Satellite tagged Curlews from North Rhine-Westphalia, Germany.

In 2020, a team from the Institute for Waterbirds and Wetland Research (IWWR e.V) led by Dr Helmut Kruckenberg began a programme of marking nesting Curlews with satellite tags, which enable the movements of birds to be tracked over long periods. The maps of the routes taken by migrant Curlews are now available online, and Dr Kruckenberg has kindly allowed us to post a link to the website: The maps show the departures from Germany to their wintering sites, and in some cases the first movements back towards their German breeding grounds in early 2021.

The website reveals the astonishing variety of wintering strategies adopted by migrant Curlews which nest in the western part of Germany: some move to the British Isles, (one to Ireland, several to south Wales, some to East Anglia, some to the New Forest). Others move just the short distance to the Wadden Sea, while some move much further south along the Atlantic coast to the Channel Isles, Normandy, Brittany, and as far as Spain and Portugal. The maps also reveal the dates on which the birds made their movements; the speed of the migratory movements is striking.

Note that it is important to tick only one data box at a time, otherwise you get confusingly overlapping flight tracks; note also that, when you click on the chart, it gives the date of each observation; if the last date is a long time ago, the tag has either fallen off, or the bird is dead. Thus 019 at the Wildfowl and Wetlands Trust Centre at Llanelli on the Burry Inlet is known to be dead, as the body and tag were retrieved from the shoreline; 025 on the Severn Estuary and 059 at Newport Wetlands may well be dead, perhaps predated.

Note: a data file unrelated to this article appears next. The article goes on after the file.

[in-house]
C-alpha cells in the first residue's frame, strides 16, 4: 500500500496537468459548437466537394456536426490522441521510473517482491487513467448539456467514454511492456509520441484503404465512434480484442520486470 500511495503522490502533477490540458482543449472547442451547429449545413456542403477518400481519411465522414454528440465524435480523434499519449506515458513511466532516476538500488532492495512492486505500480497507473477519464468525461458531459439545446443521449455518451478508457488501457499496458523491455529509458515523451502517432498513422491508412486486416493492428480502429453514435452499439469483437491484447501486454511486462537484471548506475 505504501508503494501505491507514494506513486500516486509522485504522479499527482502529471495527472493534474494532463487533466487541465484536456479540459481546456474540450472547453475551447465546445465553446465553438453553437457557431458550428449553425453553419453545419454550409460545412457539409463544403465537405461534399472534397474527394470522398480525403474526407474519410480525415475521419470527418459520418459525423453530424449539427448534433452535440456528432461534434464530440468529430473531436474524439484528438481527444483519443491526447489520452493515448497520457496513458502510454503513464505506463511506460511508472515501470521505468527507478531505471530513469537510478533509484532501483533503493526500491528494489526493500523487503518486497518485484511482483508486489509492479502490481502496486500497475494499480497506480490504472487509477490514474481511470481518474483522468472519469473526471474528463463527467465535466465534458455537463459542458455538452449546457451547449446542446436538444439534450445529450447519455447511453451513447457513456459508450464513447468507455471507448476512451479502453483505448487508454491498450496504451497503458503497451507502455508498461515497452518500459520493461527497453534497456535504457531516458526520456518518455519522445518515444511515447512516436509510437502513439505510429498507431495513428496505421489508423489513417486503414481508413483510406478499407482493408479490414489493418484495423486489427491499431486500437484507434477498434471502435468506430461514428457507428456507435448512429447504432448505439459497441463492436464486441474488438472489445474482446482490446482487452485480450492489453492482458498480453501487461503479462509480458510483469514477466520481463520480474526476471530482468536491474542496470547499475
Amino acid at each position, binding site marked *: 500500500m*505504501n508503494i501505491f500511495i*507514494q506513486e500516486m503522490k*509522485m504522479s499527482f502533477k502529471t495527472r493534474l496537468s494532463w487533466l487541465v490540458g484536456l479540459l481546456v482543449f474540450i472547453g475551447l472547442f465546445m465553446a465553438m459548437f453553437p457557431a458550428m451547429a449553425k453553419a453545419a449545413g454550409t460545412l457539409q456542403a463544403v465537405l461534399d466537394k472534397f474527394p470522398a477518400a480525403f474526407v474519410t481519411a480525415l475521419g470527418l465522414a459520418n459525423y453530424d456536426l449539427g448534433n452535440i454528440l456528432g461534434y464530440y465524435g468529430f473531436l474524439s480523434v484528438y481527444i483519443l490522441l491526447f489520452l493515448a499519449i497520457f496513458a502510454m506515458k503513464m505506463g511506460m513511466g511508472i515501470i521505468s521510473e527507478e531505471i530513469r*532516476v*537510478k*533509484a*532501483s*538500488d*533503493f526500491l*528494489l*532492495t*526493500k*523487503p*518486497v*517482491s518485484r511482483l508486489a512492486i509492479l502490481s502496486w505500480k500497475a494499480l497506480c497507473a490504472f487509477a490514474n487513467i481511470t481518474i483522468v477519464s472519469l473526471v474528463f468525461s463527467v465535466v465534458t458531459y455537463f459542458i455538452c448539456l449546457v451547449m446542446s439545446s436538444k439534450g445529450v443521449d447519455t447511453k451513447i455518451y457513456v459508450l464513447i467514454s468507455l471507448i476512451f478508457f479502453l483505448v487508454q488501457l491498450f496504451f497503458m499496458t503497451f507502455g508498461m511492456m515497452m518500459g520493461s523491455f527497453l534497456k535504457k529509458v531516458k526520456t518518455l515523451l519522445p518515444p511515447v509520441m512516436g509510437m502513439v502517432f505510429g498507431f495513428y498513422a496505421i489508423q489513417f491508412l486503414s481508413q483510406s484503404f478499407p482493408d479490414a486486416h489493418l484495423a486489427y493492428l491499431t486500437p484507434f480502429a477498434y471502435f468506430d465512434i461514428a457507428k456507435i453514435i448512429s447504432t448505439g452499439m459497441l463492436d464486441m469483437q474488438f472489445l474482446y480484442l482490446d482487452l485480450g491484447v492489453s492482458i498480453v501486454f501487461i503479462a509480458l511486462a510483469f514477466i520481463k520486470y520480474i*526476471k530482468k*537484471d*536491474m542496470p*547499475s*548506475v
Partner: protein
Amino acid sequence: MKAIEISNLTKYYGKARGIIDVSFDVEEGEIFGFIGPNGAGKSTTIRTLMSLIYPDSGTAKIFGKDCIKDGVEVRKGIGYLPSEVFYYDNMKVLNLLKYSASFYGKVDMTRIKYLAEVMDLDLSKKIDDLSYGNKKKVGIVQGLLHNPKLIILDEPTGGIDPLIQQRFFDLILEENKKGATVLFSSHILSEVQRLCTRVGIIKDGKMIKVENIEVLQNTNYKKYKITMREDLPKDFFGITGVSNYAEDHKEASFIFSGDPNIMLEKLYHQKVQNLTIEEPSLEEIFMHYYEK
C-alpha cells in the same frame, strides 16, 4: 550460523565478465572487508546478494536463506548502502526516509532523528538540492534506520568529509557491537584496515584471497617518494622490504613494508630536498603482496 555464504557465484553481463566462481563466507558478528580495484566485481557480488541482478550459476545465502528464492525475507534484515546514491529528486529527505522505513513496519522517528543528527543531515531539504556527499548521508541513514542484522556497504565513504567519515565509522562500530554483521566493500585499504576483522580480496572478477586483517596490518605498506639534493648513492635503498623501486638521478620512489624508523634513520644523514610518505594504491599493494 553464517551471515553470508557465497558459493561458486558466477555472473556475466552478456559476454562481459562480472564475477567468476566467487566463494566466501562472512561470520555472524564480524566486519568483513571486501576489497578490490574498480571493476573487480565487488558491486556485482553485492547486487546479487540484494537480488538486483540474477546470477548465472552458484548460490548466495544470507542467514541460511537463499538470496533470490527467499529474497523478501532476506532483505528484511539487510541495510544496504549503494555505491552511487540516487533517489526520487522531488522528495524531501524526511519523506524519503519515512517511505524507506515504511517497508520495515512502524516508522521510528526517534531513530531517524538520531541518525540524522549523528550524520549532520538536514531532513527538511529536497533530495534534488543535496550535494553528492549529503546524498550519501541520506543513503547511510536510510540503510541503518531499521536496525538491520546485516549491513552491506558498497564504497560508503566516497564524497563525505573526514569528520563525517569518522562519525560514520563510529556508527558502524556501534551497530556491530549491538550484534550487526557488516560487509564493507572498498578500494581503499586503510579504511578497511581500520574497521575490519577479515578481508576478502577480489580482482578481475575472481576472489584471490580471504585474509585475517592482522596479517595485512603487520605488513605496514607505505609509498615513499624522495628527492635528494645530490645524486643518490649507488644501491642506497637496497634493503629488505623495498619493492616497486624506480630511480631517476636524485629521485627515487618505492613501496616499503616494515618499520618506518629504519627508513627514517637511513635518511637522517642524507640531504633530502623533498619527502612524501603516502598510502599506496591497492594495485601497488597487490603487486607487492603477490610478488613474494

048 is particularly interesting. It left north Wales and flew across the North Sea to the Netherlands on 9 February 2021 before the recent cold snap, but then, on meeting adverse conditions, flew back across the North Sea to Norfolk. 064 has also returned from Spain to Germany in the last few days. It seems likely that in the next few days, there will be further movements back to the breeding area.

Dr Kruckenberg reports that his institute plans to tag another 60 birds in spring/summer 2021, and these maps of their movements will eventually be available under the heading Curlew Migration 2021.

If you are also interested in geese, there is a similar website on tagged geese at

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